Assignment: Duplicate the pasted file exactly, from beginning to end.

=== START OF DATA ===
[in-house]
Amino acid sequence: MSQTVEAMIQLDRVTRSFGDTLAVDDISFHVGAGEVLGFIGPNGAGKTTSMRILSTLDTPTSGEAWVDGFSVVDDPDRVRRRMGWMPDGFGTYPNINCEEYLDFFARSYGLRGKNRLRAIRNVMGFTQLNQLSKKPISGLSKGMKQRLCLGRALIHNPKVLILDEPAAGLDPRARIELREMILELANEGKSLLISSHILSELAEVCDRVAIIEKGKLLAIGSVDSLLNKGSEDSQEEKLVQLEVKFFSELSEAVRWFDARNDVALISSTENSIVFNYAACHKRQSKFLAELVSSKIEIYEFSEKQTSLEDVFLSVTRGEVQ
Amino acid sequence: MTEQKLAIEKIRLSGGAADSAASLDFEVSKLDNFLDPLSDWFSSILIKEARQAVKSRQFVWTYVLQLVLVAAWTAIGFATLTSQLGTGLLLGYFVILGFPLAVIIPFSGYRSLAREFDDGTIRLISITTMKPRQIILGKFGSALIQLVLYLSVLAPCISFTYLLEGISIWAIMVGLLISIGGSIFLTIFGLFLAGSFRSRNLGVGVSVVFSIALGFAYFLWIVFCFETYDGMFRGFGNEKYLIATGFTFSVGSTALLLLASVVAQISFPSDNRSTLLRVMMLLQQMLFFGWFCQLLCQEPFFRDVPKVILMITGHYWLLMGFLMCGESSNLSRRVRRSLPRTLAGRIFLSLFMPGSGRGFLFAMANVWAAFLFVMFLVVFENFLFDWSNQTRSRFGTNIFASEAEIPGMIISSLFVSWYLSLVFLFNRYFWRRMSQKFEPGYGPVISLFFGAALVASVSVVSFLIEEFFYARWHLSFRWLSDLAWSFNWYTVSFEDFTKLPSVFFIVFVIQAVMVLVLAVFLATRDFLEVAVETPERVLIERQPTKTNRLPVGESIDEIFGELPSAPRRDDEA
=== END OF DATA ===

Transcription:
[in-house]
Amino acid sequence: MSQTVEAMIQLDRVTRSFGDTLAVDDISFHVGAGEVLGFIGPNGAGKTTSMRILSTLDTPTSGEAWVDGFSVVDDPDRVRRRMGWMPDGFGTYPNINCEEYLDFFARSYGLRGKNRLRAIRNVMGFTQLNQLSKKPISGLSKGMKQRLCLGRALIHNPKVLILDEPAAGLDPRARIELREMILELANEGKSLLISSHILSELAEVCDRVAIIEKGKLLAIGSVDSLLNKGSEDSQEEKLVQLEVKFFSELSEAVRWFDARNDVALISSTENSIVFNYAACHKRQSKFLAELVSSKIEIYEFSEKQTSLEDVFLSVTRGEVQ
Amino acid sequence: MTEQKLAIEKIRLSGGAADSAASLDFEVSKLDNFLDPLSDWFSSILIKEARQAVKSRQFVWTYVLQLVLVAAWTAIGFATLTSQLGTGLLLGYFVILGFPLAVIIPFSGYRSLAREFDDGTIRLISITTMKPRQIILGKFGSALIQLVLYLSVLAPCISFTYLLEGISIWAIMVGLLISIGGSIFLTIFGLFLAGSFRSRNLGVGVSVVFSIALGFAYFLWIVFCFETYDGMFRGFGNEKYLIATGFTFSVGSTALLLLASVVAQISFPSDNRSTLLRVMMLLQQMLFFGWFCQLLCQEPFFRDVPKVILMITGHYWLLMGFLMCGESSNLSRRVRRSLPRTLAGRIFLSLFMPGSGRGFLFAMANVWAAFLFVMFLVVFENFLFDWSNQTRSRFGTNIFASEAEIPGMIISSLFVSWYLSLVFLFNRYFWRRMSQKFEPGYGPVISLFFGAALVASVSVVSFLIEEFFYARWHLSFRWLSDLAWSFNWYTVSFEDFTKLPSVFFIVFVIQAVMVLVLAVFLATRDFLEVAVETPERVLIERQPTKTNRLPVGESIDEIFGELPSAPRRDDEA